KT explains: How Qatar fanned violence
In the first of our series on the ongoing Qatar crisis, we take a look at its wealth and how it used it to fund and fan terror.
It's important not to view the Qatar row in isolation after two decades of Gulf efforts to direct it on the straight and narrow path, away from violent groups. It was a coming together of four factors - extremist ideology, vast wealth that gave vent to that ideology, media propaganda that fuelled the flames, and geopolitical ambition that knew no bounds.
The little country with large reservoirs of gas and cash had to splurge on some cause, any cause. So it shopped around and bought support and clout. Worse, it bought the wrong kind of support and fell into bad company while also being part of the Gulf Cooperation Council.
Revolutionaries, activists, militants, radicals, extremists, hate preachers, you name them. They were eating out of benevolent Doha's hands. Saudi Arabia and the UAE blacklisted many of them but Qatar enjoyed their company and showered its largesse on them.
When patience ran out among GCC members led by Saudi Arabia and the UAE, it faced a perfect diplomatic and political storm. Gulf and other countries are now digging in for the long haul. On Monday, UAE Minister of State for Foreign Affairs Dr Anwar Mohammed Gargash said the Saudi and Emirati led boycott could last for years if Qatar does not fall in line with the GCC's policy that puts regional security first.
Then, Qatar is prosperous, its people rich and drawing from vast deposits of natural gas. "Qatar's reliance on oil and natural gas is likely to persist for the foreseeable future. Proved natural gas reserves exceed 25 trillion cubic meters - 13 per cent of the world total and, among countries, third largest in the world - and proven oil reserves exceed 25 billion barrels, allowing production to continue at current levels for about 56 years," according to a CIA report on the country. That's a long-term prediction and Doha calculates that this wealth will see it through the current boycott, which it terms a 'blockade' to garner sympathy.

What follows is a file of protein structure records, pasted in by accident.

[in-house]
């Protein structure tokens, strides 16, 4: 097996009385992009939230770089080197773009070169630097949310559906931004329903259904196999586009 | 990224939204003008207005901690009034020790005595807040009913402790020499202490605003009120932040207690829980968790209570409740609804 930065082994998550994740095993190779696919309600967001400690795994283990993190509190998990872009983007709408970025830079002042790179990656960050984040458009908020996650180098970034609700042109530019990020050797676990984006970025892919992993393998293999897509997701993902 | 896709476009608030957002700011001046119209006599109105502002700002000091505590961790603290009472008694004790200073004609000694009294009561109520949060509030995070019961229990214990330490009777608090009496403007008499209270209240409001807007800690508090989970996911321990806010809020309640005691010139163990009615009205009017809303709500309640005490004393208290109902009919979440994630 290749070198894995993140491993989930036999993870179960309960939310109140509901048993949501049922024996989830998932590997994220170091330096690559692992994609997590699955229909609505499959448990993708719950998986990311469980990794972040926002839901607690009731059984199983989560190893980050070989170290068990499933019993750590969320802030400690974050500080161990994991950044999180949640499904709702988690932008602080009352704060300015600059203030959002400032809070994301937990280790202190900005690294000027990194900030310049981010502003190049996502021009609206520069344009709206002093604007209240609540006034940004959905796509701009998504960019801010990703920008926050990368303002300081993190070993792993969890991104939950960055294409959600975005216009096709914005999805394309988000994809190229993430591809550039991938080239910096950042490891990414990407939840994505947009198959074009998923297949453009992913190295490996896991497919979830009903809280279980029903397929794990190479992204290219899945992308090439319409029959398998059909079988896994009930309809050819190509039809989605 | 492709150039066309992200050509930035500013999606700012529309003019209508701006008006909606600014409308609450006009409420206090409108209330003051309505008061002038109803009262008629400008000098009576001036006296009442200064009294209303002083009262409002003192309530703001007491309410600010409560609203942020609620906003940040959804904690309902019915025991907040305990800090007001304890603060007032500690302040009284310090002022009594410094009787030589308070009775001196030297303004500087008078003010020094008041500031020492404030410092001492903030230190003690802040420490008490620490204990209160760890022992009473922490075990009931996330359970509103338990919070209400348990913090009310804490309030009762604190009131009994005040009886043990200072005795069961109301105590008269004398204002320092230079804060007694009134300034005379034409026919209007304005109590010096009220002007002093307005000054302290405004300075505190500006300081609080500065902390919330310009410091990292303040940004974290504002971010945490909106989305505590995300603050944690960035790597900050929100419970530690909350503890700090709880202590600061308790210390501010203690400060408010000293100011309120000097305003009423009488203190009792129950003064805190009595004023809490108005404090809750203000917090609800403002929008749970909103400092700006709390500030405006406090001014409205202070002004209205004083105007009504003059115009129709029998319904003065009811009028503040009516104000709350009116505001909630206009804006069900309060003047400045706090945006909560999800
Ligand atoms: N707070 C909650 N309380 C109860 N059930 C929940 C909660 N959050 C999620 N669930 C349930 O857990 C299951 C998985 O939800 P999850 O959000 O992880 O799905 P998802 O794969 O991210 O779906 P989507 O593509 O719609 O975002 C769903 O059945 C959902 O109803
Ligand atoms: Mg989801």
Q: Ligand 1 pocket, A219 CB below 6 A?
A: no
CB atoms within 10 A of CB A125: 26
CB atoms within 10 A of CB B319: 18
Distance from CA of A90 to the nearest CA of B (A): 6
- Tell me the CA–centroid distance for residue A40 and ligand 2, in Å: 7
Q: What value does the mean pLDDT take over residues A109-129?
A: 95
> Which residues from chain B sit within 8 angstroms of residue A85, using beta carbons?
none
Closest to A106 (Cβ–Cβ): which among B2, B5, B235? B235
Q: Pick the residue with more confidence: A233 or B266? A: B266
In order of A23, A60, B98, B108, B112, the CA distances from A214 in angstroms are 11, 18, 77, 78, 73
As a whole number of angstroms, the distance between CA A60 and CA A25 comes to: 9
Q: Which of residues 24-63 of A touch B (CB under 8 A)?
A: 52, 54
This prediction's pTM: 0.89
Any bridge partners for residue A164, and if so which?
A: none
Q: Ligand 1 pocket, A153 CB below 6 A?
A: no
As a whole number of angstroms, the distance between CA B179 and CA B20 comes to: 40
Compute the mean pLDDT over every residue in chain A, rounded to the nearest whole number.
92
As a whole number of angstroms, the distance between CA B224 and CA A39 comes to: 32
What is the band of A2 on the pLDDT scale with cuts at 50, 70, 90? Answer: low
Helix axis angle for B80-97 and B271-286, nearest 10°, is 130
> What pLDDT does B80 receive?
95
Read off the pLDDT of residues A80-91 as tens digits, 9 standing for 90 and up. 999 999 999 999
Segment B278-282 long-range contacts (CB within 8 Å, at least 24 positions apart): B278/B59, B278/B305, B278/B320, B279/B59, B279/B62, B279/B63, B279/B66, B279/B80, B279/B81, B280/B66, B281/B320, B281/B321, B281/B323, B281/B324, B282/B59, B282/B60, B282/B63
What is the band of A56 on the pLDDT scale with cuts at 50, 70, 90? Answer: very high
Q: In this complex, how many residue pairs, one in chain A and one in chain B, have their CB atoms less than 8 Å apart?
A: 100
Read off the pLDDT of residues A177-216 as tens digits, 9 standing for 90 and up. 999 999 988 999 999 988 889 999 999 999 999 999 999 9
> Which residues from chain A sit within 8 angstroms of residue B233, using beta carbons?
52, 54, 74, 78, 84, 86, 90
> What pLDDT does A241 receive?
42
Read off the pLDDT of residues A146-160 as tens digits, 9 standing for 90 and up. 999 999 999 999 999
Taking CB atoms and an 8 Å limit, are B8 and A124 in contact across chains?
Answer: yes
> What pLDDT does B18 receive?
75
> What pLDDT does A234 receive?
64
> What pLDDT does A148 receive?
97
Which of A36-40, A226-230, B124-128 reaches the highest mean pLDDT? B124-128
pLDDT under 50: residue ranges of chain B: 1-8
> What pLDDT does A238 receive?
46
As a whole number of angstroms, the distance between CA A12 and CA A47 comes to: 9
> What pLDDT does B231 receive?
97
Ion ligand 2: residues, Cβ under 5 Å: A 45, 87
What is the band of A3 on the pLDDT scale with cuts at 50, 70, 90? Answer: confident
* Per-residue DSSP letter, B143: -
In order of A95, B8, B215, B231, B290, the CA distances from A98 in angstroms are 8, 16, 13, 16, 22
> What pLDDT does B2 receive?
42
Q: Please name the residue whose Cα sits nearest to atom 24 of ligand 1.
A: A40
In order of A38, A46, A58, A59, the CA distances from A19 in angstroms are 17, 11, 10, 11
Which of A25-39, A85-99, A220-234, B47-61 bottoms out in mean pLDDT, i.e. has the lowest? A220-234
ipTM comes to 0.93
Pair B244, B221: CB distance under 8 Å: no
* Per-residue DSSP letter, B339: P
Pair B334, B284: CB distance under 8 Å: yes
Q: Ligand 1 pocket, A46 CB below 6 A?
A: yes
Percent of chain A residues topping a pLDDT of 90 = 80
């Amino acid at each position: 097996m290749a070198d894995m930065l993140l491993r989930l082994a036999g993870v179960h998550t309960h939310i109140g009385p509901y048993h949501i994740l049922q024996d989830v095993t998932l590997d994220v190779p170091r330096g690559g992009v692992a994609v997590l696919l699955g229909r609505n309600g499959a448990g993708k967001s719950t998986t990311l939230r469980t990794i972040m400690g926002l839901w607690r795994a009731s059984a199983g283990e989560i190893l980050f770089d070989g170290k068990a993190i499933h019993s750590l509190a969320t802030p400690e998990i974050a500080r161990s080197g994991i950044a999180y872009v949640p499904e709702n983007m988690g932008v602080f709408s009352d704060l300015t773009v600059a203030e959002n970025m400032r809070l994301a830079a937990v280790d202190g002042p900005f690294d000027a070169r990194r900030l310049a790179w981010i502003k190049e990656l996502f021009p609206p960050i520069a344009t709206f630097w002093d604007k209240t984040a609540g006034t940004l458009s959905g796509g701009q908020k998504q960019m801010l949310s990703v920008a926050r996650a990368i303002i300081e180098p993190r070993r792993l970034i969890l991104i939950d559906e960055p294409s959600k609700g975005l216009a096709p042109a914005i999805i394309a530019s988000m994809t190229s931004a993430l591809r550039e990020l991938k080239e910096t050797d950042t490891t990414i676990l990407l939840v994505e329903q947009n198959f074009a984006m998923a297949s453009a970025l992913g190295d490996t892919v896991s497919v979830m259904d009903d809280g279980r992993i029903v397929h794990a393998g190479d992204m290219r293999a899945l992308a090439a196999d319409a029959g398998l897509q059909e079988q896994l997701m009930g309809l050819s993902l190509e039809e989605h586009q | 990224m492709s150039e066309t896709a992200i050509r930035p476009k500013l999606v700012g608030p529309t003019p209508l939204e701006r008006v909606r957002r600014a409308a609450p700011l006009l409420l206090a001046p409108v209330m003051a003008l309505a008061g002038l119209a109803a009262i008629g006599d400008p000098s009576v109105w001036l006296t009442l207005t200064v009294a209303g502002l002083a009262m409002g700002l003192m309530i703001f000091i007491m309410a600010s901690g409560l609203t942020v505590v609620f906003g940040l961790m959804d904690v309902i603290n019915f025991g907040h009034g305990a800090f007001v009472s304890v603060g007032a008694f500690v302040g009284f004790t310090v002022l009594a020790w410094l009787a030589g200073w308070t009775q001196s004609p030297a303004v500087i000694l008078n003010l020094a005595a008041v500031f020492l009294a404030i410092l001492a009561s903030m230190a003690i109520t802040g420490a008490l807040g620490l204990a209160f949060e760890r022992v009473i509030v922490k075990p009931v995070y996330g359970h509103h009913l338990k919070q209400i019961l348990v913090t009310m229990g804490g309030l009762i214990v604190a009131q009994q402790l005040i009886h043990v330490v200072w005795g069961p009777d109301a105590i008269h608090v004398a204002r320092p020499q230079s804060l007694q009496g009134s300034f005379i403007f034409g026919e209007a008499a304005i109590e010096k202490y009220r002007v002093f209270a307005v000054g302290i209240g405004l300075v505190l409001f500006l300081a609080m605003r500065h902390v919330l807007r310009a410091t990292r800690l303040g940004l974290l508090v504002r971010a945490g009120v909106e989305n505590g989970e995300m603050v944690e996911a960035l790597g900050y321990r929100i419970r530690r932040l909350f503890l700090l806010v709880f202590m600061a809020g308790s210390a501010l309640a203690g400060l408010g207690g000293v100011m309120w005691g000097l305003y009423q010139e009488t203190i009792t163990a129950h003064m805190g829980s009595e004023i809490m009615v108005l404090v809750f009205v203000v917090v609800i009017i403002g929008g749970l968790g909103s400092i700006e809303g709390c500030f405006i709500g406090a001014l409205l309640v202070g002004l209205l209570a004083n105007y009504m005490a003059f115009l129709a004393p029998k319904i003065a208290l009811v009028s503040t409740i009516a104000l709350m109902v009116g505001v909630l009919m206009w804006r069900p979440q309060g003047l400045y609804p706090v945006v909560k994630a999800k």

As the worst crisis in its short history shows no signs of abating, the tiny peninsular nation, which literally sticks out like a sore thumb in the Arabian Gulf, believes it is insulated from the shock. Wealth will help it tide over sanctions imposed on it, the leadership feels. 'Time is on our side,' is the thinking in Doha. Best to wait it out for the storm to blow over because it's the economy, stupid! The country may have reasons to be gung ho, but that was in January when the International Monetary Fund said Qatar's "competitiveness indicators are the strongest in the GCC region".
The IMF said GDP is projected to reach 3.4 per cent in 2017 as "it effectively adjusts to the new reality of sustained lower energy prices". Construction of infrastructure for the 2022 FIFA World Cup was expected to get a boost by the end of the year, and everything would be hunky dory. That was not to be with these developments.
Let's just say the past caught up with the tiny nation. And this hoary past extends to the 1960s, even before the country came into being when it hosted hate-mongering Egyptian preacher Yusuf Al Qaradawi of the Muslim Brotherhood. Qatar Charity leads funding for these terror groups.
Hamas, the Palestianian group, has benefited the most. Khaled Mashaal, its leader reportedly lives the good life in a five-star hotel in Doha. It also supports Libyan militants and is believed to have shipped $3 billion and 70 planeloads of arms to rebel forces in Syria.
According to the US Treasury Department, Qatari had links to Al Qaeda in Iraq which later transformed into Daesh. Some $2 million per month was paid to the organisation in Iraq, $576,000 to Al Qaeda in Syria, and $250,000 to Somali terror group, Al Shabaab.
That was money well spent, Qatar thought, but it may have gone too far when a $1 billion ransom was paid for some Qatar royals who were taken hostage in Iraq by militia last year. The Iran-brokered deal increased suspicions about its intentions, because a state player that was opposed to the GCC was involved in the transaction.
Iran, with its 'revolution of terror', was not someone to do business with, yet Qatar went ahead and is now on the verge of being branded a regional pariah. - Next, Al Jazeera.